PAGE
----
“Let’s see what [Kim Jong Un] does with Guam. He does something in Guam, it will be an event the likes of which nobody has seen before – what will happen in North Korea,” Trump said.
China’s government Chinese state media said today that it would remain neutral if North Korea attacks the United States, but warned it would defend its Asian neighbor if the U.S. strikes first and tries to overthrow Kim Jong Un’s regime.
Pentagon officials told Fox News on Friday that the U.S. military stands ready to “fight tonight” on the Korean Peninsula, as President Trump said the U.S. is “locked and loaded” and retweeted images from U.S. Pacific Command showing B-1B Lancer bombers on Guam.
At the same time, a North Korean state news agency statement warned that “even a single shell dropped on the Korean Peninsula might lead to the outbreak of … thermonuclear war.”
“We consider the U.S. no more than a lump which we can beat to a jelly any time,” the Korean Central News Agency said, quoting Institute of International Studies researcher Kang Kum Chol.
The exchange capped a week of escalating warnings between Washington and Pyongyang.
“Military solutions are now fully in place, locked and loaded, should North Korea act unwisely. Hopefully Kim Jong Un will find another path!” Trump tweeted early Friday morning.
Military solutions are now fully in place,locked and loaded,should North Korea act unwisely. Hopefully Kim Jong Un will find another path!
— Donald J. Trump (@realDonaldTrump) August 11, 2017
— U.S. Indo-Pacific Command (@INDOPACOM) August 11, 2017
The “fight tonight” vow is a long-held motto for U.S. forces deployed to the region.
Trump and top military officials have left little to the imagination in warning Pyongyang about what would happen if it followed through on threats to attack Guam, a U.S. territory.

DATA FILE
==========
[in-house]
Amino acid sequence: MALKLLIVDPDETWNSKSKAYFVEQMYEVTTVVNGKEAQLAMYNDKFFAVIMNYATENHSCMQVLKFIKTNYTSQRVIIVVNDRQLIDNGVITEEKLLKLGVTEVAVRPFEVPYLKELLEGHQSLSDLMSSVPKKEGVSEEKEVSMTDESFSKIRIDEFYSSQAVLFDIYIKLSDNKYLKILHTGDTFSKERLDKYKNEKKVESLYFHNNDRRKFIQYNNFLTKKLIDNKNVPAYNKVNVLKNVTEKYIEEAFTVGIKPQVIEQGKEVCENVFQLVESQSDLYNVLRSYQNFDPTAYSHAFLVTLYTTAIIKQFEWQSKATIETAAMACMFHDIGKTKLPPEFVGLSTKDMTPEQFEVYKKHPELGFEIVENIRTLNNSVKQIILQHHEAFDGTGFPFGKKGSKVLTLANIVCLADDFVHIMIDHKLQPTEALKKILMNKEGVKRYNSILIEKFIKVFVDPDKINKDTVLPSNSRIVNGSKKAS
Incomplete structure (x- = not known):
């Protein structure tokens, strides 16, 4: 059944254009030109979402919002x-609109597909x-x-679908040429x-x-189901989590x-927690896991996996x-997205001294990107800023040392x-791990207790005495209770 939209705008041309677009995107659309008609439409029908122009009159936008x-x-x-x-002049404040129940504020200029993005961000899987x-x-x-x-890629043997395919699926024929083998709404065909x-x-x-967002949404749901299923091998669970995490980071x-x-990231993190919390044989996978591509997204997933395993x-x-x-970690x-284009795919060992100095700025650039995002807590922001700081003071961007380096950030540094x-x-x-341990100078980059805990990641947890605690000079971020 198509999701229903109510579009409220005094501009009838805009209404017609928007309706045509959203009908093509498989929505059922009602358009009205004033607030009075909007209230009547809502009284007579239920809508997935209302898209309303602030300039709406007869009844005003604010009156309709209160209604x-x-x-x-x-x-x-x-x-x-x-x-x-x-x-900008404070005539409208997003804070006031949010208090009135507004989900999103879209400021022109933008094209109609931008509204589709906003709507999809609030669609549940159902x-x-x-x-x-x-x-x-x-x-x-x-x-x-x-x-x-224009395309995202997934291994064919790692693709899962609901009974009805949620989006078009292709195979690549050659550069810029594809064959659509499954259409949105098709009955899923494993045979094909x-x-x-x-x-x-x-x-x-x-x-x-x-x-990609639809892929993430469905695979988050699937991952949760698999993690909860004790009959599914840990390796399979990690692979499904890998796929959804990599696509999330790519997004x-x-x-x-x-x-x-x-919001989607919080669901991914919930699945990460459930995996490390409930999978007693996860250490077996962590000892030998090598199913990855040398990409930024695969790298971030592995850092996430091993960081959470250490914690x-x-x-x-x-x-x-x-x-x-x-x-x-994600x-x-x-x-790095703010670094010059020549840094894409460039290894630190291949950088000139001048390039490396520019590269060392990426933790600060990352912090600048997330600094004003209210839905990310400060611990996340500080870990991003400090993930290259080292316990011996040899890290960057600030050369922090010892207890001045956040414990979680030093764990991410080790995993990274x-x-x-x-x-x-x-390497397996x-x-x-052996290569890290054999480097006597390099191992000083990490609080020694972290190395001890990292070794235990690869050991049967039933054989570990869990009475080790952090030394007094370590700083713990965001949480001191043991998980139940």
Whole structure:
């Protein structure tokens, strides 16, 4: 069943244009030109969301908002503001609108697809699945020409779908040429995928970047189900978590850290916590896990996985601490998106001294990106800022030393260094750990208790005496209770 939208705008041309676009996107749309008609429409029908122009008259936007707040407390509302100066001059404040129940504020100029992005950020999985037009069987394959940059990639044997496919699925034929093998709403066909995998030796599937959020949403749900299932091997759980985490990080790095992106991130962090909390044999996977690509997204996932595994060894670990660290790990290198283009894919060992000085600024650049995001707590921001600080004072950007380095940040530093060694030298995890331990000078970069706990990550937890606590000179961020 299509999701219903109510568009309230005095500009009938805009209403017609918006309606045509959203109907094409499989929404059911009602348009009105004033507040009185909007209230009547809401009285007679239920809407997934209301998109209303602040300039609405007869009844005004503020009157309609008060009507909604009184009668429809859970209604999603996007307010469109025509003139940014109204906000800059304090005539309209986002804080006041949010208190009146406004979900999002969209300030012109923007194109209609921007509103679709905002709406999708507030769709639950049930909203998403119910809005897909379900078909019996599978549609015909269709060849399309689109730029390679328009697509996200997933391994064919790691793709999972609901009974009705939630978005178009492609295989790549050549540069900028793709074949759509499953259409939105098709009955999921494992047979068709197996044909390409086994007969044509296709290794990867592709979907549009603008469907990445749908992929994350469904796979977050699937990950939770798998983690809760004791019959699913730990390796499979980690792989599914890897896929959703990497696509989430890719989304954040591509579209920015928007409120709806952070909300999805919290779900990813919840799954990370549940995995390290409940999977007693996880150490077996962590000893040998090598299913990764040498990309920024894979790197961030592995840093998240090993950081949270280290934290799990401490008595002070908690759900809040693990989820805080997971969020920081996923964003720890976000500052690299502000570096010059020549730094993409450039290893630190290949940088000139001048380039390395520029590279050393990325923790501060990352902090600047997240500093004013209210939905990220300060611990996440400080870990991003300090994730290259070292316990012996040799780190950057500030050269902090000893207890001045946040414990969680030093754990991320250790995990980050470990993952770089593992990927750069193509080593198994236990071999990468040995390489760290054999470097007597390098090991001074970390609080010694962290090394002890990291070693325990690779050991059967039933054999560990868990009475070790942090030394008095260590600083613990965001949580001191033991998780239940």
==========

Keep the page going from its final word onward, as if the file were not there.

“He does something in Guam, it will be an event the likes of which nobody has seen before – what will happen in North Korea,” Trump said Thursday, at his property in Bedminster, N.J., in response to Kim Jong Un’s threats. “It’s not a dare, it’s a statement.”
Trump’s tweets follow days of escalating rhetoric toward the regime.
Earlier this month, the U.N. Security Council voted unanimously to introduce a set of punishing sanctions that could cost North Korea almost $1 billion off of its $3 billion annual export revenue. The resolution, which is considered the harshest levied against Pyongyang in a decade, was payback for its testing of two intercontinental ballistic missiles last month. Those tests, plus word that the rogue regime may have miniaturized nuclear weapons, have brought the world to the brink of war.
But dictator Kim Jong Un responded with more threats against the west, touching off a rhetorical escalation that culminated in Trump’s warning this week that the rogue nation would be met with “fire and fury” if it tried to carry out its threats. Hours later, state media in North Korea reported that its leaders were seriously considering a plan to fire missiles at Guam.
Despite the tough rhetoric, there are just six B-1 bombers deployed to Guam right now, according to defense officials. Out of the Air Force fleet of 62 bombers, only half can fly right now after years of budget cuts, according to Air Force statistics. There is currently no U.S. Navy aircraft carrier strike group or Marine Corps Expeditionary Unit off the Korean Peninsula right now.
Military assets could scramble from other locations, however.
The president has faced some criticism in Washington for the tone of his rhetoric against Pyongyang, with lawmakers warning he could needlessly escalate the standoff. But Trump maintained Thursday his words might not have been “tough enough.”
The warnings from Trump come as China – North Korea’s primary ally – issued a veiled warning to the U.S.
China’s government, via state media, said it would remain neutral if North Korea attacks the U.S. but would defend its neighbor if the U.S. were to strike first against Kim Jong Un.
Meanwhile, other Asia-Pacific countries, including Japan and Australia, have come out in support of the United States in the event of a North Korean nuclear attack.